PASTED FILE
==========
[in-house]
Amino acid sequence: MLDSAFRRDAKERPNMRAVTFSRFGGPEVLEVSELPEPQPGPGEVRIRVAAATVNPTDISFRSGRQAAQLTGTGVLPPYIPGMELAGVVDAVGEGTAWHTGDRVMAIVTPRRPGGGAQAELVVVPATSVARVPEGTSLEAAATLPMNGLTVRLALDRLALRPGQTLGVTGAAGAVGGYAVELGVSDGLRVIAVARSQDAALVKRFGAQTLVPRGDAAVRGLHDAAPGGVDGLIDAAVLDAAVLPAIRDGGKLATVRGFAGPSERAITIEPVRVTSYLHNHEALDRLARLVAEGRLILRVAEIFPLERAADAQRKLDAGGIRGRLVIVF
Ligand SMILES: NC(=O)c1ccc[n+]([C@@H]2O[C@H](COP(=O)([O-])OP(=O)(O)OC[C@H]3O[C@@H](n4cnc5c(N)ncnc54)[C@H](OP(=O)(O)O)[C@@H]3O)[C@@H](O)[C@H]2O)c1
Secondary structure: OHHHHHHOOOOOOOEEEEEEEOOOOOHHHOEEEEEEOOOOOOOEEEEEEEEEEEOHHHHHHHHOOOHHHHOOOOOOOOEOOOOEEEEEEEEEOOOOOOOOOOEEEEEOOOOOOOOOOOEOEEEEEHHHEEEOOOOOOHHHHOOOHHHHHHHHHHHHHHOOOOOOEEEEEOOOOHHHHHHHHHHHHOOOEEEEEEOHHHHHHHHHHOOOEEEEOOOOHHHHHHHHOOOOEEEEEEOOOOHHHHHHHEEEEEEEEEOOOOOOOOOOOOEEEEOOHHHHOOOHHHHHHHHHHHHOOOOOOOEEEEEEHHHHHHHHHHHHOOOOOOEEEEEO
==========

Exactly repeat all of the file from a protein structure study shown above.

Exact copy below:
[in-house]
Amino acid sequence: MLDSAFRRDAKERPNMRAVTFSRFGGPEVLEVSELPEPQPGPGEVRIRVAAATVNPTDISFRSGRQAAQLTGTGVLPPYIPGMELAGVVDAVGEGTAWHTGDRVMAIVTPRRPGGGAQAELVVVPATSVARVPEGTSLEAAATLPMNGLTVRLALDRLALRPGQTLGVTGAAGAVGGYAVELGVSDGLRVIAVARSQDAALVKRFGAQTLVPRGDAAVRGLHDAAPGGVDGLIDAAVLDAAVLPAIRDGGKLATVRGFAGPSERAITIEPVRVTSYLHNHEALDRLARLVAEGRLILRVAEIFPLERAADAQRKLDAGGIRGRLVIVF
Ligand SMILES: NC(=O)c1ccc[n+]([C@@H]2O[C@H](COP(=O)([O-])OP(=O)(O)OC[C@H]3O[C@@H](n4cnc5c(N)ncnc54)[C@H](OP(=O)(O)O)[C@@H]3O)[C@@H](O)[C@H]2O)c1
Secondary structure: OHHHHHHOOOOOOOEEEEEEEOOOOOHHHOEEEEEEOOOOOOOEEEEEEEEEEEOHHHHHHHHOOOHHHHOOOOOOOOEOOOOEEEEEEEEEOOOOOOOOOOEEEEEOOOOOOOOOOOEOEEEEEHHHEEEOOOOOOHHHHOOOHHHHHHHHHHHHHHOOOOOOEEEEEOOOOHHHHHHHHHHHHOOOEEEEEEOHHHHHHHHHHOOOEEEEOOOOHHHHHHHHOOOOEEEEEEOOOOHHHHHHHEEEEEEEEEOOOOOOOOOOOOEEEEOOHHHHOOOHHHHHHHHHHHHOOOOOOOEEEEEEHHHHHHHHHHHHOOOOOOEEEEEO